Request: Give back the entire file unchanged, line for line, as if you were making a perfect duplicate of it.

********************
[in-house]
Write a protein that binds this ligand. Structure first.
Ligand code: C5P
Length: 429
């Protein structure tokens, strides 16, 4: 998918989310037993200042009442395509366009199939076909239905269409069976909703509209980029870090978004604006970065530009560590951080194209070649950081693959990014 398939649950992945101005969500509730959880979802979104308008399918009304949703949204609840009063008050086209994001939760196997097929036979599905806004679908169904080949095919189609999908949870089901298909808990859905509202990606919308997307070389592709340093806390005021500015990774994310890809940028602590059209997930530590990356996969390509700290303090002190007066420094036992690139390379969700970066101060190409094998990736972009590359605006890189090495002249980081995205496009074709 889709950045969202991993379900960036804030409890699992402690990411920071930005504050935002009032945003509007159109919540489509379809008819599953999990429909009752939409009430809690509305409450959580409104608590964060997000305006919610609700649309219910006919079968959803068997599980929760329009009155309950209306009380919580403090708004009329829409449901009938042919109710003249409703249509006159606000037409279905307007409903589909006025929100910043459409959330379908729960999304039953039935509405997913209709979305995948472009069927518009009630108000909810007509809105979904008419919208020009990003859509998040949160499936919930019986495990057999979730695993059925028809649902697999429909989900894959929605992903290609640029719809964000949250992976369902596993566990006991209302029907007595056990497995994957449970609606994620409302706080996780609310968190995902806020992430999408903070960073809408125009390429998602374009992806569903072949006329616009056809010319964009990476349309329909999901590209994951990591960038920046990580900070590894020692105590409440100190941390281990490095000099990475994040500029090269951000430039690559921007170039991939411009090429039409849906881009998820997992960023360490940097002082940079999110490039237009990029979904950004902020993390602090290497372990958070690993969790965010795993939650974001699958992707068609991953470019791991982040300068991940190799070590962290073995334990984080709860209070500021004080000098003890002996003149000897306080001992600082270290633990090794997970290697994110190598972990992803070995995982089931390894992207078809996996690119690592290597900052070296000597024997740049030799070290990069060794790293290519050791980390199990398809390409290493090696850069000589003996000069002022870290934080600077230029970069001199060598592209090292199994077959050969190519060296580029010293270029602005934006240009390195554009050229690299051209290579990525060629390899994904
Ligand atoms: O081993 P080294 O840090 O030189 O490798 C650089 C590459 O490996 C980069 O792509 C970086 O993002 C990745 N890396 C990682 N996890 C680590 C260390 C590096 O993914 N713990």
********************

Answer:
[in-house]
Write a protein that binds this ligand. Structure first.
Ligand code: C5P
Length: 429
């Protein structure tokens, strides 16, 4: 998918989310037993200042009442395509366009199939076909239905269409069976909703509209980029870090978004604006970065530009560590951080194209070649950081693959990014 398939649950992945101005969500509730959880979802979104308008399918009304949703949204609840009063008050086209994001939760196997097929036979599905806004679908169904080949095919189609999908949870089901298909808990859905509202990606919308997307070389592709340093806390005021500015990774994310890809940028602590059209997930530590990356996969390509700290303090002190007066420094036992690139390379969700970066101060190409094998990736972009590359605006890189090495002249980081995205496009074709 889709950045969202991993379900960036804030409890699992402690990411920071930005504050935002009032945003509007159109919540489509379809008819599953999990429909009752939409009430809690509305409450959580409104608590964060997000305006919610609700649309219910006919079968959803068997599980929760329009009155309950209306009380919580403090708004009329829409449901009938042919109710003249409703249509006159606000037409279905307007409903589909006025929100910043459409959330379908729960999304039953039935509405997913209709979305995948472009069927518009009630108000909810007509809105979904008419919208020009990003859509998040949160499936919930019986495990057999979730695993059925028809649902697999429909989900894959929605992903290609640029719809964000949250992976369902596993566990006991209302029907007595056990497995994957449970609606994620409302706080996780609310968190995902806020992430999408903070960073809408125009390429998602374009992806569903072949006329616009056809010319964009990476349309329909999901590209994951990591960038920046990580900070590894020692105590409440100190941390281990490095000099990475994040500029090269951000430039690559921007170039991939411009090429039409849906881009998820997992960023360490940097002082940079999110490039237009990029979904950004902020993390602090290497372990958070690993969790965010795993939650974001699958992707068609991953470019791991982040300068991940190799070590962290073995334990984080709860209070500021004080000098003890002996003149000897306080001992600082270290633990090794997970290697994110190598972990992803070995995982089931390894992207078809996996690119690592290597900052070296000597024997740049030799070290990069060794790293290519050791980390199990398809390409290493090696850069000589003996000069002022870290934080600077230029970069001199060598592209090292199994077959050969190519060296580029010293270029602005934006240009390195554009050229690299051209290579990525060629390899994904
Ligand atoms: O081993 P080294 O840090 O030189 O490798 C650089 C590459 O490996 C980069 O792509 C970086 O993002 C990745 N890396 C990682 N996890 C680590 C260390 C590096 O993914 N713990």